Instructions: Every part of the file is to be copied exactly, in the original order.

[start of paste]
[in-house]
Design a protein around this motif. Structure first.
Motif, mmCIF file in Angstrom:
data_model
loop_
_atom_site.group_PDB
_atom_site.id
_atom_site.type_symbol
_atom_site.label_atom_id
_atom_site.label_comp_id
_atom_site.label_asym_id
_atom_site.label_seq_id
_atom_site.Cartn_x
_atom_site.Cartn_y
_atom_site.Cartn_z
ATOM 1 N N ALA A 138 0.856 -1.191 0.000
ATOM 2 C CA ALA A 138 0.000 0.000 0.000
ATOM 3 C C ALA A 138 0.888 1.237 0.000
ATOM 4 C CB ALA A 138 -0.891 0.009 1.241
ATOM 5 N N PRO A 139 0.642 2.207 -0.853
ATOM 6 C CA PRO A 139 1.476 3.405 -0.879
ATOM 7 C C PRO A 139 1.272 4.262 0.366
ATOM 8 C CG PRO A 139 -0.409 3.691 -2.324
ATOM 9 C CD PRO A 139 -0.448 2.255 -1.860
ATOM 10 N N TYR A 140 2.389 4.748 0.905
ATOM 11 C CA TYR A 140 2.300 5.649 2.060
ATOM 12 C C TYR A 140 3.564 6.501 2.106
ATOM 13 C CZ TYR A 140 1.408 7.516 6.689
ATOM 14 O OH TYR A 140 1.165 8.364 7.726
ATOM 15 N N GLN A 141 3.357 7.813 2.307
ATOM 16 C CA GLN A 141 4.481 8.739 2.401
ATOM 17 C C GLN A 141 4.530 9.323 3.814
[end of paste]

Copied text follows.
[in-house]
Design a protein around this motif. Structure first.
Motif, mmCIF file in Angstrom:
data_model
loop_
_atom_site.group_PDB
_atom_site.id
_atom_site.type_symbol
_atom_site.label_atom_id
_atom_site.label_comp_id
_atom_site.label_asym_id
_atom_site.label_seq_id
_atom_site.Cartn_x
_atom_site.Cartn_y
_atom_site.Cartn_z
ATOM 1 N N ALA A 138 0.856 -1.191 0.000
ATOM 2 C CA ALA A 138 0.000 0.000 0.000
ATOM 3 C C ALA A 138 0.888 1.237 0.000
ATOM 4 C CB ALA A 138 -0.891 0.009 1.241
ATOM 5 N N PRO A 139 0.642 2.207 -0.853
ATOM 6 C CA PRO A 139 1.476 3.405 -0.879
ATOM 7 C C PRO A 139 1.272 4.262 0.366
ATOM 8 C CG PRO A 139 -0.409 3.691 -2.324
ATOM 9 C CD PRO A 139 -0.448 2.255 -1.860
ATOM 10 N N TYR A 140 2.389 4.748 0.905
ATOM 11 C CA TYR A 140 2.300 5.649 2.060
ATOM 12 C C TYR A 140 3.564 6.501 2.106
ATOM 13 C CZ TYR A 140 1.408 7.516 6.689
ATOM 14 O OH TYR A 140 1.165 8.364 7.726
ATOM 15 N N GLN A 141 3.357 7.813 2.307
ATOM 16 C CA GLN A 141 4.481 8.739 2.401
ATOM 17 C C GLN A 141 4.530 9.323 3.814